BACKGROUND: The emergency department (ED) visit provides a great opportunity to initiate interventions for smoking cessation. However, little is known about ED patient preferences for receiving smoking cessation interventions or correlates of interest in tobacco counseling.
METHODS: ED patients at 10 US medical centers were surveyed about preferences for hypothetical smoking cessation interventions and specific counseling styles. Multivariable linear regression determined correlates of receptivity to bedside counseling.
RESULTS: Three hundred seventy-five patients were enrolled; 46% smoked at least one pack of cigarettes per day, and 11% had a smoking-related diagnosis. Most participants (75%) reported interest in at least one intervention. Medications were the most popular (e.g., nicotine replacement therapy, 54%), followed by linkages to hotlines or other outpatient counseling (33-42%), then counseling during the ED visit (33%). Counseling styles rated most favorably involved individualized feedback (54%), avoidance skill-building (53%), and emphasis on autonomy (53%). In univariable analysis, age (r = 0.09), gender (average Likert score = 2.75 for men, 2.42 for women), education (average Likert score = 2.92 for non-high school graduates, 2.44 for high school graduates), and presence of smoking-related symptoms (r = 0.10) were significant at the p < 0.10 level and thus were retained for the final model. In multivariable linear regression, male gender, lower education, and smoking-related symptoms were independent correlates of increased receptivity to ED-based smoking counseling.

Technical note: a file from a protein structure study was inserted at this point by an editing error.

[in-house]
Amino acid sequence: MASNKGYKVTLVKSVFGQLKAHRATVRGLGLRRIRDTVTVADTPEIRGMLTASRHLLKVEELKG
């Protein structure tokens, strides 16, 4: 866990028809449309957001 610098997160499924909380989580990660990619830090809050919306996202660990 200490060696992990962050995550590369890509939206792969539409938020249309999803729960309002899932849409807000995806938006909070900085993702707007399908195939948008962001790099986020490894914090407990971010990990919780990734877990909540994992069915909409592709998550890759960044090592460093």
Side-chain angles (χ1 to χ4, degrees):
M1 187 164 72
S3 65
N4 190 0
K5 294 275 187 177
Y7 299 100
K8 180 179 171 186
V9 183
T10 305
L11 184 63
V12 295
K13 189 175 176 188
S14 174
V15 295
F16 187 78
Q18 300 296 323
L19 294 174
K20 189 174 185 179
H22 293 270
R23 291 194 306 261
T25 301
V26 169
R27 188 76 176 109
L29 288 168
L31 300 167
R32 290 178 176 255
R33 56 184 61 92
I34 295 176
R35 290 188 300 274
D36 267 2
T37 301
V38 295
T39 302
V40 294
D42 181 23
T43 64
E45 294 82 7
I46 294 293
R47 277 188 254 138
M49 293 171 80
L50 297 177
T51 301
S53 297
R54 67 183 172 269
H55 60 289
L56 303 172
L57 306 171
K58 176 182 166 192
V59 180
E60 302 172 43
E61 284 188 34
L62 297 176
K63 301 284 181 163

CONCLUSIONS: In this multicenter study, smokers reported receptivity to ED-initiated interventions. However, there was variability in individual preferences for intervention type and counseling styles. To be effective in reducing smoking among its patients, the ED should offer a range of tobacco intervention options.
Available at: http://works.bepress.com/edwin_boudreaux/69/